When will the general public here ever get tired media preoccupation with the fear of human nature alls iits imperfections.
Today's headlines
Man gets life in jail for murder of two young children
Silvio Schulz. Photo: DPA

A former security guard was handed a life sentence Tuesday for murdering two children, one of them a four-year-old Bosnian boy snatched from a crowded migrant registration centre last year.

Munich shooting
German Turks mourn Munich shooting victims
Flowers for the victims. Photo: DPA

Seven of the nine victims were Muslim.

Doctor killed in Berlin hospital shooting: police
Police at the scene in southern Berlin. Photo: DPA

A doctor has died after being shot at a Berlin hospital by an elderly man, Berlin police said on Twitter on Tuesday.

The Local List
Enter if you dare: Berlin's best abandoned haunts

These hidden spots are steeped in shadows of their past and just begging to be explored...

Berlin refugee teen prepares to swim at the Olympics
Photo: DPA

Eighteen-year-old refugee Yusra Mardini has pulled a boat of 20 refugees from the middle of the Aegean to the Greek shore. Now she's preparing to swim at the Olympics.

Opinion
There still hasn’t been an Isis attack on Germany
The attack site in Ansbach. Photo: DPA

The last week has been brutal and shocking, but we need to stay calm and keep the events we have witnessed in perspective, argues Jörg Luyken.

How plainclothes cops caused panic at Munich shooting
Photo: DPA

Plainclothes officers can help in fight against gun attacks. But Munich showed that they can lead to confusion in efforts to track down the real attackers.

Immigration and integration Germany's 'biggest challenge'
Migrants queuing at a reception centre in Bavaria. Photo: DPA

Eighty-three percent of Germans see immigration as Germany's "biggest challenge" - that's twice as many as a year ago, and more than in any of the other countries surveyed.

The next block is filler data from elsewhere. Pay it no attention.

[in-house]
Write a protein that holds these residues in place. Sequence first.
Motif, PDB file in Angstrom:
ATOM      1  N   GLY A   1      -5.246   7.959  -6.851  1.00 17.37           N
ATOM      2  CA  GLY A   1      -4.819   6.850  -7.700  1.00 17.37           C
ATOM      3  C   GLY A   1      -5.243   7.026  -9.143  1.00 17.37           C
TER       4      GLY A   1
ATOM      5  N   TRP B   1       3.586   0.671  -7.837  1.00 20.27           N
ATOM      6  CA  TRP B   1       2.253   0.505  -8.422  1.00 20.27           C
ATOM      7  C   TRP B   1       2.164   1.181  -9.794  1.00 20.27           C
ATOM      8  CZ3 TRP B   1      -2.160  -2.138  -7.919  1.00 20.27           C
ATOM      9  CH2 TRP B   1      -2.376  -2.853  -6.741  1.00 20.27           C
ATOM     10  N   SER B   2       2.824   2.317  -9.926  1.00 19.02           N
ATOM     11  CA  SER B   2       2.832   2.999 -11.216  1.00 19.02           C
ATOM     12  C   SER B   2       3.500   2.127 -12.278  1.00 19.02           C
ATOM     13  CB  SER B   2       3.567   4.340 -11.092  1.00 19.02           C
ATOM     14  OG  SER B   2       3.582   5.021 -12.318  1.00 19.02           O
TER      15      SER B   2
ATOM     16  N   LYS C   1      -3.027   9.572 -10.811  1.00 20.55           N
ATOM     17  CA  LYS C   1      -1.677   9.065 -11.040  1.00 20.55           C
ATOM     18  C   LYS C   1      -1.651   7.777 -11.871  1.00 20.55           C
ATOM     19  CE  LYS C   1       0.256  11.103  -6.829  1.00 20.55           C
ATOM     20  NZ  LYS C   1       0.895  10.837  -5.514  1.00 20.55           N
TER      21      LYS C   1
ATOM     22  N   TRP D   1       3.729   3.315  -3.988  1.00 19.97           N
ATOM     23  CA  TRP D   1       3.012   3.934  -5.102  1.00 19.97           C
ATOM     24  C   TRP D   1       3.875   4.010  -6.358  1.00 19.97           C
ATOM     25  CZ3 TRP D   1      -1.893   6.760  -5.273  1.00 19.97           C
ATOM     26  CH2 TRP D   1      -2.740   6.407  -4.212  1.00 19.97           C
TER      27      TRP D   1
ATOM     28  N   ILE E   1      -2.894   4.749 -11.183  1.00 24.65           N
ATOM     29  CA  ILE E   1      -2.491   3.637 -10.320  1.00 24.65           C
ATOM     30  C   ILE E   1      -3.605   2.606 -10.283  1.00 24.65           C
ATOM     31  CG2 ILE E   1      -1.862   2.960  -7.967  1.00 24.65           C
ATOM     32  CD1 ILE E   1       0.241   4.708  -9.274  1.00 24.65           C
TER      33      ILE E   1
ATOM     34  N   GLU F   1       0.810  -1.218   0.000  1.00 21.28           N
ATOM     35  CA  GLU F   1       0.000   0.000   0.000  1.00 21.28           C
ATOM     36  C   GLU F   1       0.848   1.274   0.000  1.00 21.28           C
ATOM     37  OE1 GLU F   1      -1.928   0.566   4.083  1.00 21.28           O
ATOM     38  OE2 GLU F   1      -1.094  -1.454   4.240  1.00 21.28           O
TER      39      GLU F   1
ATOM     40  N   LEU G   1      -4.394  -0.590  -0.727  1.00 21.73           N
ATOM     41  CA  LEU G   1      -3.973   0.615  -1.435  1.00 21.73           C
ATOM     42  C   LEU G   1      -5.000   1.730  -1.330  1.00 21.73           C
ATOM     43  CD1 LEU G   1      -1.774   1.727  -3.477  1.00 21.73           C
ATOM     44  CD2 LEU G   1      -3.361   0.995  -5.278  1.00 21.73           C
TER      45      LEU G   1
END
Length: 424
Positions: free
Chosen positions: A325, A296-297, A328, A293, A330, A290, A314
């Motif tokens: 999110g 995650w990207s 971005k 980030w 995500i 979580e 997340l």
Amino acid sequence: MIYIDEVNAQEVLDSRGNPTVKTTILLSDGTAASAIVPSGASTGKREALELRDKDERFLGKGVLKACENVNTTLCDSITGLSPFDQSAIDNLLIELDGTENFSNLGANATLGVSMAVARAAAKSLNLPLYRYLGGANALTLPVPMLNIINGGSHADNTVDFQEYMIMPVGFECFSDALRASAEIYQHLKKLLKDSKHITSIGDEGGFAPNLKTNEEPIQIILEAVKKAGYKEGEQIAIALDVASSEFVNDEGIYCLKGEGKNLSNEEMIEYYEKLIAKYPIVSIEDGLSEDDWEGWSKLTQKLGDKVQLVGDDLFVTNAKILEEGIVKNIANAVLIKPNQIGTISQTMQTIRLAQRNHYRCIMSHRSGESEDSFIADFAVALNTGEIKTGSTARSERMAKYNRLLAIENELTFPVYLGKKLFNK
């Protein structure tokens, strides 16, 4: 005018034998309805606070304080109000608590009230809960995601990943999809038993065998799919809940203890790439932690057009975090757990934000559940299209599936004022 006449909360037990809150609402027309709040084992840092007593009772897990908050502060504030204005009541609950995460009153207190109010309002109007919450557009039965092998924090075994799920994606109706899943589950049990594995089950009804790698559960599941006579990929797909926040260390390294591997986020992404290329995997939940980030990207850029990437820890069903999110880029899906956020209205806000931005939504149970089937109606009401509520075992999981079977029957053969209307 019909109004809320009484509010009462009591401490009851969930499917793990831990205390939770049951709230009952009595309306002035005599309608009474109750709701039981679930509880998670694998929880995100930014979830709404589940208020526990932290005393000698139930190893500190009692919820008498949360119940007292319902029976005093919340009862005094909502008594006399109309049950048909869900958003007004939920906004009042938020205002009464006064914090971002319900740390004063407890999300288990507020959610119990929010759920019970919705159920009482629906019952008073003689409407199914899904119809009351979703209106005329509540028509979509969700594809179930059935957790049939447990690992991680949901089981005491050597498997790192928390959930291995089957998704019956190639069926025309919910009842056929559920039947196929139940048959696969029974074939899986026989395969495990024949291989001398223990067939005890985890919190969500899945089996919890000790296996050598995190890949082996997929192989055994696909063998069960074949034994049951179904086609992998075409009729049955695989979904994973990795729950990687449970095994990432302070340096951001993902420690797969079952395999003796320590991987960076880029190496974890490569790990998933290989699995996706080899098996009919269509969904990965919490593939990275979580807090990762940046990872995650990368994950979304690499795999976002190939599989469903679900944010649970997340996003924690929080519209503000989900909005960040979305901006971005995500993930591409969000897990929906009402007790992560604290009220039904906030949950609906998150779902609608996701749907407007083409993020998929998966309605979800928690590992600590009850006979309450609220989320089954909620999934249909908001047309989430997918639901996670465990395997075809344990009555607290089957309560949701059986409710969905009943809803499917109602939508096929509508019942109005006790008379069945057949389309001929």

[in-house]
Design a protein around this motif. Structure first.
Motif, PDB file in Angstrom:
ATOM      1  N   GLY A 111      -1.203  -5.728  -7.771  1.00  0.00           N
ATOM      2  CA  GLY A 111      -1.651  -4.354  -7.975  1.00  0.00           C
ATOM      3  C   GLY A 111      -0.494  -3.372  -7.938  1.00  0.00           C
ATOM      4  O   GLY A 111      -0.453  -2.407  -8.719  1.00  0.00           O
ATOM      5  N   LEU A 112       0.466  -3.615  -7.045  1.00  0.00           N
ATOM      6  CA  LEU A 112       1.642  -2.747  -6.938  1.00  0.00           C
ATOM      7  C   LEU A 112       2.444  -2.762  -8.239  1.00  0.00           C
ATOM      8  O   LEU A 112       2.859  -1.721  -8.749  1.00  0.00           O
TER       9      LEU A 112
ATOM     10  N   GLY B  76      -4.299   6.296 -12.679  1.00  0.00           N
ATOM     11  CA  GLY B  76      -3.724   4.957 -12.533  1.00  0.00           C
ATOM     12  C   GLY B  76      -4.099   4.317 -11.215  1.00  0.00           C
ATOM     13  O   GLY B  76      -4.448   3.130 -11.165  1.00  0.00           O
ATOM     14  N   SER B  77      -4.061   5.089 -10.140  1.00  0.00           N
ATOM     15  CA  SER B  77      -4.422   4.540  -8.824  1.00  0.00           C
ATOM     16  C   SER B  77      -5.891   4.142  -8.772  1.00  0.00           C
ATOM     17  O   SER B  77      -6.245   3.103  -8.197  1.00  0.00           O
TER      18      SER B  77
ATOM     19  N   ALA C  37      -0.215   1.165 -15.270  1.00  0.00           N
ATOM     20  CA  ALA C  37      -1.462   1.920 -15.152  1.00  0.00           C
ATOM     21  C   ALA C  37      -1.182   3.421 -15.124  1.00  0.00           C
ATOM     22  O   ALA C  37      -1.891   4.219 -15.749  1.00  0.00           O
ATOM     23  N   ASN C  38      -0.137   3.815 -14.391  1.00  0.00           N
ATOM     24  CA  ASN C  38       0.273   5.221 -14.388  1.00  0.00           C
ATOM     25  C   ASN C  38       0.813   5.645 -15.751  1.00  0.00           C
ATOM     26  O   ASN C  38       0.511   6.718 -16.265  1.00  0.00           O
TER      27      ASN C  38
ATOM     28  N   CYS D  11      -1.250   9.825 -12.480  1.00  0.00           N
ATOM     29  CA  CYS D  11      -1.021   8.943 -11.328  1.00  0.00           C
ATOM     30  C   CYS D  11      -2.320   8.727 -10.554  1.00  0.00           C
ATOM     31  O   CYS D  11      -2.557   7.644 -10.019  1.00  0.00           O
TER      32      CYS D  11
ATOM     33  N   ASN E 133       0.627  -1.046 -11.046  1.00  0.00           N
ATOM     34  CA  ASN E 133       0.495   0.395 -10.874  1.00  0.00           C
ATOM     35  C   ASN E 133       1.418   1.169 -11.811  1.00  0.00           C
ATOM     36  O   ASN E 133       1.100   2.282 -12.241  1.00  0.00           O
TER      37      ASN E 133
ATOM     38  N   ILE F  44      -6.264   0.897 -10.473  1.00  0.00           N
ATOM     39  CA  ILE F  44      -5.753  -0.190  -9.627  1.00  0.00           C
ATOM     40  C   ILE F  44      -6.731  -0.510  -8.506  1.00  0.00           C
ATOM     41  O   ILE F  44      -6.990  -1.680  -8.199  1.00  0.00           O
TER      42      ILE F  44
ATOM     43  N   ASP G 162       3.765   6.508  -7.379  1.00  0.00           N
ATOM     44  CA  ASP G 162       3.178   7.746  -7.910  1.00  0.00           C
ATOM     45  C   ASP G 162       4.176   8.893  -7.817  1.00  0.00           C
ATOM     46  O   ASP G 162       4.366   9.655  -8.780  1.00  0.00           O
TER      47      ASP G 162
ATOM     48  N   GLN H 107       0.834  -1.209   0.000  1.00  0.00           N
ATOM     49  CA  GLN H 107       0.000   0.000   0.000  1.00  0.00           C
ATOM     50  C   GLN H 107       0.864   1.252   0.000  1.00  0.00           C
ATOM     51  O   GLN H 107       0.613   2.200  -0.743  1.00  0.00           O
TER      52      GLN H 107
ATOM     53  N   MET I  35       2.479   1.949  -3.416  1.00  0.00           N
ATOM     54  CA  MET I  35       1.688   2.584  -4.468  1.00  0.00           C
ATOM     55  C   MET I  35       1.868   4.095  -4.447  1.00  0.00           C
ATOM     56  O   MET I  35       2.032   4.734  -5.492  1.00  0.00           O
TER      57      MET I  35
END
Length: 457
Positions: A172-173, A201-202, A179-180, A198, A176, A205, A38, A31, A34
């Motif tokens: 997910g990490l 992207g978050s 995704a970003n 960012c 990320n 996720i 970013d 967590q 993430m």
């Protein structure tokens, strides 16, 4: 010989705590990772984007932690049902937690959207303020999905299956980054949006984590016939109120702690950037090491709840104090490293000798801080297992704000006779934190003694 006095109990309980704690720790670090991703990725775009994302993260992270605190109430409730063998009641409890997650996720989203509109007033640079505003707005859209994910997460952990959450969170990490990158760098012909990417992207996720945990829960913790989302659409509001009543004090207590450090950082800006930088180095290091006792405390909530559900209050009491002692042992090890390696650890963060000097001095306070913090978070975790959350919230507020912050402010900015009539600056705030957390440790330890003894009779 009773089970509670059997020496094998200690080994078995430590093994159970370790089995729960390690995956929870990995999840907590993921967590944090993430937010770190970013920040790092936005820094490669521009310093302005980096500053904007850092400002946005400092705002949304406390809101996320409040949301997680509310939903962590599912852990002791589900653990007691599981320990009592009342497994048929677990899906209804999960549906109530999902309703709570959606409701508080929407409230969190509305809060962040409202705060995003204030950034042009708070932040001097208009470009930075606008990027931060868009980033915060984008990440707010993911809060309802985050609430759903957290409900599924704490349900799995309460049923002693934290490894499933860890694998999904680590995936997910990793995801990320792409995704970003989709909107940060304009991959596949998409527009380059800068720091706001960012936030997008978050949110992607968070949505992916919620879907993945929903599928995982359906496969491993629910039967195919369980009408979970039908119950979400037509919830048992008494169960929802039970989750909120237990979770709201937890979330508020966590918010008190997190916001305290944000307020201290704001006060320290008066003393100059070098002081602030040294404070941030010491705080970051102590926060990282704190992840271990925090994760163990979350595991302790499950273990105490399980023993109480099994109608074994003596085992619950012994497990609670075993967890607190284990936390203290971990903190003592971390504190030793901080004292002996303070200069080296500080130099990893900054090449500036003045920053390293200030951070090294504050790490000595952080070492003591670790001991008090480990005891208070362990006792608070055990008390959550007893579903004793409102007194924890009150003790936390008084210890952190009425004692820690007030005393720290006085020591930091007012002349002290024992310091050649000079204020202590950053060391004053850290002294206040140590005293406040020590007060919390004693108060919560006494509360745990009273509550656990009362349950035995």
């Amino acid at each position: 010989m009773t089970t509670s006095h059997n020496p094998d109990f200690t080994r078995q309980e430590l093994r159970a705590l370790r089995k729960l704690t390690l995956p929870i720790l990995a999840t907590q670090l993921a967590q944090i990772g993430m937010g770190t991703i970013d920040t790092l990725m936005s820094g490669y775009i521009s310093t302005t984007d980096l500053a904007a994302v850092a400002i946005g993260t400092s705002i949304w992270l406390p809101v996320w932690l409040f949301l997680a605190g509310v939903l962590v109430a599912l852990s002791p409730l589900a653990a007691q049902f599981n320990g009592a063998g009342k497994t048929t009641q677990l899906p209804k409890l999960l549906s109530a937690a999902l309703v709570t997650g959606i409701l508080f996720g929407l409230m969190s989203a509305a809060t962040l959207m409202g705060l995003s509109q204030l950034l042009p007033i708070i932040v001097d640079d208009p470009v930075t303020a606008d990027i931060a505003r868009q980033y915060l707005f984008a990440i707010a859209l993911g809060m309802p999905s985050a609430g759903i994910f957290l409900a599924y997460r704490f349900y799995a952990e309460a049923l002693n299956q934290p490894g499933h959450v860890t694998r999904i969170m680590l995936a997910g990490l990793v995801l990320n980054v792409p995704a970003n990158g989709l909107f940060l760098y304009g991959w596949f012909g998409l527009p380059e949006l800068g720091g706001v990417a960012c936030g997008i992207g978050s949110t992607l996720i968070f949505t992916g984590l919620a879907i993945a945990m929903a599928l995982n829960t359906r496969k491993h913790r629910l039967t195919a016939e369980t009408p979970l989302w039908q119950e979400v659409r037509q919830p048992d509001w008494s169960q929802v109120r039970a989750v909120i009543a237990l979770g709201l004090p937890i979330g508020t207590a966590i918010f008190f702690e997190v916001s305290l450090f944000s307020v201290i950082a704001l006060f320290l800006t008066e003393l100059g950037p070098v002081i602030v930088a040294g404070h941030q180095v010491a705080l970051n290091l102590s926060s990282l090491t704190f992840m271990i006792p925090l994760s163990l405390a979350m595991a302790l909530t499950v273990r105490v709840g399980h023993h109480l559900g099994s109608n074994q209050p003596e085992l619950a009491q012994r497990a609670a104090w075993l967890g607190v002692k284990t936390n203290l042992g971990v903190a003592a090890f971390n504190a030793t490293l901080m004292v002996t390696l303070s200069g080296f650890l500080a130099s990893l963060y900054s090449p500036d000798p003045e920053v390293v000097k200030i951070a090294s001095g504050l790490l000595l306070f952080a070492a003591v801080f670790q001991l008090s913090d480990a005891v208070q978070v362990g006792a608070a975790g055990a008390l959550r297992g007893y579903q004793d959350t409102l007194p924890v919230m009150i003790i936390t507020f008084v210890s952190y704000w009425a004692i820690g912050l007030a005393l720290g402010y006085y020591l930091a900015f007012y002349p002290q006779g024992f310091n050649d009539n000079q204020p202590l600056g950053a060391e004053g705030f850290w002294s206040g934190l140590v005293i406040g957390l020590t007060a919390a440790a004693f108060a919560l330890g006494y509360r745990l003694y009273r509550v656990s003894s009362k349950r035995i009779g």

Ansbach suicide attack
Sleepy Bavarian town left shocked by suicide attack
Ansbach. Photo: DPA

Residents of Ansbach were left reeling Monday after a Syrian suicide bomber blew himself up outside a music festival, shattering the sleepy calm of this picture-postcard southern German city.

Rapturous reception at Wagner fest's opening night
Bayreuther festival 2016, Parsifal. Photo: DPA

Germany's legendary Bayreuth opera festival, dedicated to the works of Richard Wagner, got off to a rapturous start on Monday with a brand new production of the composer's last opera, "Parsifal", enthusiastically received by the first-night audience.

Sponsored Article
Why you should attend an international job fair
DPA
Gallery
IN PICTURES: How Munich responded to shooting spree
Sponsored Article
Avoid hidden fees when sending money overseas
Lifestyle
10 rookie errors all Brits make when they arrive in Germany
National
Bavaria train attack: Were police right to shoot to kill?
Sponsored Article
Why Swiss hospitality graduates are in demand
National
How to get German citizenship (or just stay forever)
Sponsored Article
Five things Americans should know about voting abroad
Technology
Brexit will turn Berlin into 'Europe’s startup capital'
Travel
Six soothing day trips to escape the bustle of Berlin
International
'Germany needs to make UK come to its senses'
Features
Six odd things Germans do in the summer
Sponsored Article
Why expats choose international health insurance
Travel
These 10 little-known German towns are a must see
Features
How two gay dads cut through German red tape to start a family
Sponsored Article
Health insurance for expats in Germany: a quick guide
National
Five things to know about guns in Germany
Sponsored Article
Avoid hidden fees when sending money overseas
Culture
10 things you need to know before attending a German wedding
National
Eight weird habits you'll pick up living in Germany
Lifestyle
Six reasons 'super-cool' Berlin isn't all it's cracked up to be
Sponsored Article
Why Swiss hospitality graduates are in demand
Society
Only one country likes getting naked on the beach more than Germany
Lifestyle
23 ridiculously fascinating things you never knew about Berlin
Sponsored Article
Why you should attend an international job fair
Culture
8 German words that perfectly sum up your 20s
Lifestyle
Can't make it past the door at Berlin's most famous club? Help is at hand
Business & Money
Why Frankfurt could steal London's crown as Europe's finance capital
Features
6 surprising things I learned about Germany while editing The Local
Culture
Five sure-fire ways to impress Germans with your manners
10,756
jobs available
Toytown Germany
Germany's English-speaking crowd